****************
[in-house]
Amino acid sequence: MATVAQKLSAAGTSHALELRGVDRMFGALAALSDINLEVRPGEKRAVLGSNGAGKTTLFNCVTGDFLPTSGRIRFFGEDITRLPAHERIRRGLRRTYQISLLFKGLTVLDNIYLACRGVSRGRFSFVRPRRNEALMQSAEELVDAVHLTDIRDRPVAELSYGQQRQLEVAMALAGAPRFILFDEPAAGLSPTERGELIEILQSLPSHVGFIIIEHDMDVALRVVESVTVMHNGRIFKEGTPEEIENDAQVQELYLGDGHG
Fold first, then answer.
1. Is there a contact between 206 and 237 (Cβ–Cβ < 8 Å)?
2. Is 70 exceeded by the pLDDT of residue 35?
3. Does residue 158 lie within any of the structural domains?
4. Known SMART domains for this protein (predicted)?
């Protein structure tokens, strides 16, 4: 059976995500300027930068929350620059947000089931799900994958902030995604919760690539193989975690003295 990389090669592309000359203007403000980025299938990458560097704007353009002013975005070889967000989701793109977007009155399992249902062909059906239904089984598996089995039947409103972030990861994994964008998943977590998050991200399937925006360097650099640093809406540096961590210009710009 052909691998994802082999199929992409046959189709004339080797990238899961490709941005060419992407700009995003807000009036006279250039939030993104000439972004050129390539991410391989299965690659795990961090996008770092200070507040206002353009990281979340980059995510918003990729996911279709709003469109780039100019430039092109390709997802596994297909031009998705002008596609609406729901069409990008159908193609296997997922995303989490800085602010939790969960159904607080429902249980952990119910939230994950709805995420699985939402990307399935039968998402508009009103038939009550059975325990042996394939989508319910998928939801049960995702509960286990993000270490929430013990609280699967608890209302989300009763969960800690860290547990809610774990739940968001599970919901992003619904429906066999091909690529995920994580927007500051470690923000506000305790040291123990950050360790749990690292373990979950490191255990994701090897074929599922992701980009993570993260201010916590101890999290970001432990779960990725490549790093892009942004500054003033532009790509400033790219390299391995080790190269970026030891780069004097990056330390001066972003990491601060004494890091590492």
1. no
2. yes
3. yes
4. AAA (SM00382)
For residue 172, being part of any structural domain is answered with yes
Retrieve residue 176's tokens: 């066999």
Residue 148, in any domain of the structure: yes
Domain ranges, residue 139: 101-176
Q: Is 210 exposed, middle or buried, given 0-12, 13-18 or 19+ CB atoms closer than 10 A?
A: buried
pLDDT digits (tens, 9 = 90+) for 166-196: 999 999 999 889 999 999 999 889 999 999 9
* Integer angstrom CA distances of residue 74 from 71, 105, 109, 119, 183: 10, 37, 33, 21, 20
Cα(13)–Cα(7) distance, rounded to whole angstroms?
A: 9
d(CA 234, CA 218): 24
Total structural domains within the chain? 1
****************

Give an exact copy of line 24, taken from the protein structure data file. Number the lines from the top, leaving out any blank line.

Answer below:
Total structural domains within the chain? 1